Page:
Bloom of algae near Wrangel Island

A bloom of algae near Wrangel Island in the Arctic Ocean, where the ocean’s levels of algae have rapidly increased. Credit: M. Kahru. Click to enlarge photo.

Carl Zimmer writes in the New York Times that scientists have reported global warming is altering the ecology of the Arctic Ocean on a huge scale. The annual production of algae, the base of the food web, increased an estimated 47 percent between 1997 and 2015, and the ocean is greening up much earlier each year.

These changes are likely to have a profound impact for animals further up the food chain, such as birds, seals, polar bears and whales.

While global warming has affected the whole planet in recent decades, nowhere has been hit harder than the Arctic. This month, temperatures in the high Arctic have been as much as 36 degrees above average, according to records kept by the Danish Meteorological Institute.

In October, the extent of sea ice was 28.5 percent below average — the lowest for the month since scientists began keeping records in 1979. The area of missing ice is the size of Alaska and Texas put together.

Since the mid-2000s, researchers like Kevin R. Arrigo, a biological oceanographer at Stanford University, have been trying to assess the effects of retreating ice on the Arctic ecosystem. Each spring the returning sun melts some of the ice that formed in winter. Algae in the open water quickly spring to life and these algae are the base of the food chain in the Arctic Ocean, grazed by krill and other invertebrates that in turn support bigger fish, mammals and birds.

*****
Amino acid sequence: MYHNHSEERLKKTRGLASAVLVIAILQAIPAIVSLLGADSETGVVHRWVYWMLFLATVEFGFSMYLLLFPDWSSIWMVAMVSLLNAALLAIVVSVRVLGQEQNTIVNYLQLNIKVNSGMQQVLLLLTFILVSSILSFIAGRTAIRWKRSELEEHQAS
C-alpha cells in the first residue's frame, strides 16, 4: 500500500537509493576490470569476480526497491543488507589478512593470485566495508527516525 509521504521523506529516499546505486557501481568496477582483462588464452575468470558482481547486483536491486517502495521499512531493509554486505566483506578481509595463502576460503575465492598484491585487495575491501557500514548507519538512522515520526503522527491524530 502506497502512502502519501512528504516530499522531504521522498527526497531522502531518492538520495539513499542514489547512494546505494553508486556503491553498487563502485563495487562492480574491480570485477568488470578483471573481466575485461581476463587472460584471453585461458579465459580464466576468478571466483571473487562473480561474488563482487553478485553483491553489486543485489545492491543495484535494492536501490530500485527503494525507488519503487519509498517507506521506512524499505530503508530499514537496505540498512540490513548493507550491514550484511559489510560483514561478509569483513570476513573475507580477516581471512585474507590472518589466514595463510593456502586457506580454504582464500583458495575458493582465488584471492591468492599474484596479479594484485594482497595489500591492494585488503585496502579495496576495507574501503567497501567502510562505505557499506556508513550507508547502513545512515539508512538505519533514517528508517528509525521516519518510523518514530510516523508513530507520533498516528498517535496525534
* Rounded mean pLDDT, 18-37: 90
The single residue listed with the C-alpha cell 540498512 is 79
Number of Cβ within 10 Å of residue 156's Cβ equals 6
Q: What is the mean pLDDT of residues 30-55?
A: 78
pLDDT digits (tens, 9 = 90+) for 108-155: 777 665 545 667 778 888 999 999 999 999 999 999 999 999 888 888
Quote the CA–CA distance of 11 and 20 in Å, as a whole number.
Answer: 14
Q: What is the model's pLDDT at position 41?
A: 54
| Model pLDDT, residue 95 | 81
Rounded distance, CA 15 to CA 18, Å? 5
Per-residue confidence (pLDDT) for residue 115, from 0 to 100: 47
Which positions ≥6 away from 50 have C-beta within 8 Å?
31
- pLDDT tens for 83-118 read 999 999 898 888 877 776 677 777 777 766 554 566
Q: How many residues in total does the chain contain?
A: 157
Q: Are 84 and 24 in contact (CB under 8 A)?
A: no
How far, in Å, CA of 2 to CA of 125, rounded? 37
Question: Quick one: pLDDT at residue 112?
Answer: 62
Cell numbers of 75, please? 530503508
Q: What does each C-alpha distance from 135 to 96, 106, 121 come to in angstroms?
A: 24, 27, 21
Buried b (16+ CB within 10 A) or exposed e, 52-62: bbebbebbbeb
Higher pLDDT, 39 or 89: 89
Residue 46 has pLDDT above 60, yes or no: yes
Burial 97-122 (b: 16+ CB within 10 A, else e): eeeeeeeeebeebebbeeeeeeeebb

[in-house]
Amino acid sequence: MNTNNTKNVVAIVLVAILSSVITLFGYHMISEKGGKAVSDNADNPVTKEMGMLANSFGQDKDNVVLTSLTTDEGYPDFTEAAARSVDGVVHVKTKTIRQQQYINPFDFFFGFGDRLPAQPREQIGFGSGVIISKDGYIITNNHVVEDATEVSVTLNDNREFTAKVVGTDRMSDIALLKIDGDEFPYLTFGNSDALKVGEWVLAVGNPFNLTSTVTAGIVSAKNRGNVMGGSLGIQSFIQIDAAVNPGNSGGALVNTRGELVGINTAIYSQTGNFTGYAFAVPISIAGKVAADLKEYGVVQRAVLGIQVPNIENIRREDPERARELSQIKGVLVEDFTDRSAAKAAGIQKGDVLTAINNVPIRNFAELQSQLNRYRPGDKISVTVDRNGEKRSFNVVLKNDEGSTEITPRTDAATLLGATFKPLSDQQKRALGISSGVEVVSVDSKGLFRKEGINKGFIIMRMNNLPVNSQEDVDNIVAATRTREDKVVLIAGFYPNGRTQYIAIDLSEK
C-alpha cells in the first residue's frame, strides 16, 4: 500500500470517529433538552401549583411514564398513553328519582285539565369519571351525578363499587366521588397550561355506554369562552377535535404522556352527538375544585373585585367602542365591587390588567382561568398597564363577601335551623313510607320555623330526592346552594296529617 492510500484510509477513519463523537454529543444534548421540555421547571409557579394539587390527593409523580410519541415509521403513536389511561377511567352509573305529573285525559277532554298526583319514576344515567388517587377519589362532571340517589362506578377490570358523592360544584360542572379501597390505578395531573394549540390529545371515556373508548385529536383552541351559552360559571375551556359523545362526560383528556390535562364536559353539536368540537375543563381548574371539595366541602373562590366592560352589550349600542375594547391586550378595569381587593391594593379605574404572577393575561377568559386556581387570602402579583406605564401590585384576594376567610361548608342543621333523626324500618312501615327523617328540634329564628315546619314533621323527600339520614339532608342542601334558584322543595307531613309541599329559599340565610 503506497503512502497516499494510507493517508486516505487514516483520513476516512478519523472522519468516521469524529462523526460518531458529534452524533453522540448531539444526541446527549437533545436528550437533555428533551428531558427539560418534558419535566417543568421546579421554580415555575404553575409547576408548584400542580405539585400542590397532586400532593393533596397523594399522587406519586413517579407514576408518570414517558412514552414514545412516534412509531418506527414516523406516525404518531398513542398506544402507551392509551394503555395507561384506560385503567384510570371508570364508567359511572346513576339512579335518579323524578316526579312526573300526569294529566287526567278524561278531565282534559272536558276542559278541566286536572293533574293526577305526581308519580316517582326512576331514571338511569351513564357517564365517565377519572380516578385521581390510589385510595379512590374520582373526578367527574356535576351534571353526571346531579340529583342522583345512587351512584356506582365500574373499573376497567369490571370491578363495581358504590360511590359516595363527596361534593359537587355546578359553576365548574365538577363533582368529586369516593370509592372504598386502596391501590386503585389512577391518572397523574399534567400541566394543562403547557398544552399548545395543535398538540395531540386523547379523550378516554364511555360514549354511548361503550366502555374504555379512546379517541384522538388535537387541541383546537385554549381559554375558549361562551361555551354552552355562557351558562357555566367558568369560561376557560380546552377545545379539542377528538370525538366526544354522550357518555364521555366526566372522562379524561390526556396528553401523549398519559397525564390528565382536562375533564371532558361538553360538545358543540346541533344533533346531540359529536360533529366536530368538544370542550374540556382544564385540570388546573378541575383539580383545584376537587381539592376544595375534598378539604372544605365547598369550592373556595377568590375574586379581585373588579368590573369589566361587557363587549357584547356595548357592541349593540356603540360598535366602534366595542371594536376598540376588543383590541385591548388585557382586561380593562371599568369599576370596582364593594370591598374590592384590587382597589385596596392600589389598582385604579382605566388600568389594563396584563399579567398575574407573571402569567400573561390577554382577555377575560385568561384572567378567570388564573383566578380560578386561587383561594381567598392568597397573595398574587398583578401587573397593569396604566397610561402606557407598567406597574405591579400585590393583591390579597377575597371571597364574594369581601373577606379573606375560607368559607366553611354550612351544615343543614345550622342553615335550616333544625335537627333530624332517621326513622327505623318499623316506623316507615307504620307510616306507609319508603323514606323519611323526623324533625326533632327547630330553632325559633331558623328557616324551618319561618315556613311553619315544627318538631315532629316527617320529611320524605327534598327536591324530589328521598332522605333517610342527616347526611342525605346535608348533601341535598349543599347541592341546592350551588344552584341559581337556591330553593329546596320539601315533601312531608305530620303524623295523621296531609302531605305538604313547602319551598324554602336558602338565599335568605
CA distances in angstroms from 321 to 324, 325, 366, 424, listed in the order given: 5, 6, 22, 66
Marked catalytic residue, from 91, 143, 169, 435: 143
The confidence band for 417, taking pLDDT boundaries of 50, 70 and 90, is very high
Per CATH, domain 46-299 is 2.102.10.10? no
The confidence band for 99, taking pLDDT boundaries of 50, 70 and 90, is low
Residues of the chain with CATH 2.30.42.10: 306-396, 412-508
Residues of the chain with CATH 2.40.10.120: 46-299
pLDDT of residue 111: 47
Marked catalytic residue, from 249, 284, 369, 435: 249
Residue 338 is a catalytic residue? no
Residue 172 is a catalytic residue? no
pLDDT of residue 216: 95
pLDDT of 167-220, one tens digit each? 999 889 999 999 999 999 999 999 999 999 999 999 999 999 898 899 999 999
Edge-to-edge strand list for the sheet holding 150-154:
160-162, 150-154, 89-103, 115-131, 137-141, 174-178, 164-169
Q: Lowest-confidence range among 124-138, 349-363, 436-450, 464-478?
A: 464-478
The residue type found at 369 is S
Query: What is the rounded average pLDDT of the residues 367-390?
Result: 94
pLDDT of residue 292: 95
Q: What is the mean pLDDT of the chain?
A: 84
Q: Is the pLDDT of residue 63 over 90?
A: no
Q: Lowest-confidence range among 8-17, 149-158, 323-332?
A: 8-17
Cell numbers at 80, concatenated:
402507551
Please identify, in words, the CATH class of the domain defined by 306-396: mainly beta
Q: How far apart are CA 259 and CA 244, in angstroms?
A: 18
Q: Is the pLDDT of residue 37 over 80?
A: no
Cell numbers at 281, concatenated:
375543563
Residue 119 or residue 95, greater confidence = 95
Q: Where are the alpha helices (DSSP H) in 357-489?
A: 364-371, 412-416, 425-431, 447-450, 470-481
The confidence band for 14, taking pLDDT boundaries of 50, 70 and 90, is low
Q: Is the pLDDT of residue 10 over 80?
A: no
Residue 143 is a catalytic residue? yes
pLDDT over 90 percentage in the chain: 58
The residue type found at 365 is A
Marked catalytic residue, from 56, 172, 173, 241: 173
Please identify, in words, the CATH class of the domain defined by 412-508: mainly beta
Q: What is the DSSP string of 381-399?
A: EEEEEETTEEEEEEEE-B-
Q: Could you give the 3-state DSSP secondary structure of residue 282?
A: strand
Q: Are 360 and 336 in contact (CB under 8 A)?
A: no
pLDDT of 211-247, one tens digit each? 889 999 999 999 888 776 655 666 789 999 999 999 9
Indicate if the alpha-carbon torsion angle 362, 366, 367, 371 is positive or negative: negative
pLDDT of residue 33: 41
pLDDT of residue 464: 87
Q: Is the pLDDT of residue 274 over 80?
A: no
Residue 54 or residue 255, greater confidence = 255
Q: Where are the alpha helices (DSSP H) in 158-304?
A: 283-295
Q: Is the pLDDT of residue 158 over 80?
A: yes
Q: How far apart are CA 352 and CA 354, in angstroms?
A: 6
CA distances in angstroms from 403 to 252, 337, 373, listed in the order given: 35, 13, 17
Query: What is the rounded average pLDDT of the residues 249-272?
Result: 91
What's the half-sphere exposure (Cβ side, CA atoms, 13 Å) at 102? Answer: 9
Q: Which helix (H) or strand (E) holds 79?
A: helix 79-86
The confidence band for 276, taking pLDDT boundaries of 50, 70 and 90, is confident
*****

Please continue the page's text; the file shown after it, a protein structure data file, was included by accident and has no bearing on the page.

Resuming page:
Dr. Arrigo and his colleagues visited the Arctic in research ships to examine the ocean’s algae productivity. Last year he and his colleagues published their latest update, estimating that the algal productivity of the Arctic rose 30 percent between 1998 and 2012.

Not only is the Arctic Ocean producing more algae, but it’s doing so sooner each year. “These blooms are coming earlier, sometimes two months earlier,” said Mati Kahru, an oceanographer at the University of California, San Diego.

“The ice has gotten so thin that sunlight reaches through it. Now they’re not even waiting for the ice to melt,” Dr. Arrigo said of algal organisms.

If we stay on our current course, pouring more carbon dioxide into the atmosphere, the Arctic will only get warmer, perhaps becoming ice-free in the summer. If algae can find more nitrogen and other nutrients in the ocean, its productivity may continue to rise.

Scientists can’t yet say what the ecological effects of this transformation will be. “It is probable it will have an impact on the whole food web,” said Marcel Babin, an oceanographer at Université Laval in Quebec. Dr. Babin and his colleagues have been studying that impact over the past two summers on an expedition called the Green Edge Project, which has looked at the ecology in Baffin Bay off the coast of northern Canada. They hope to present the first results of the survey next year.

Some species may thrive because they can graze on the extra algae. But if the ecosystem comes to life earlier in the year, many species may be left behind. “It’s going to be a different Arctic unless we turn things around,” said Dr. Arrigo.

Read More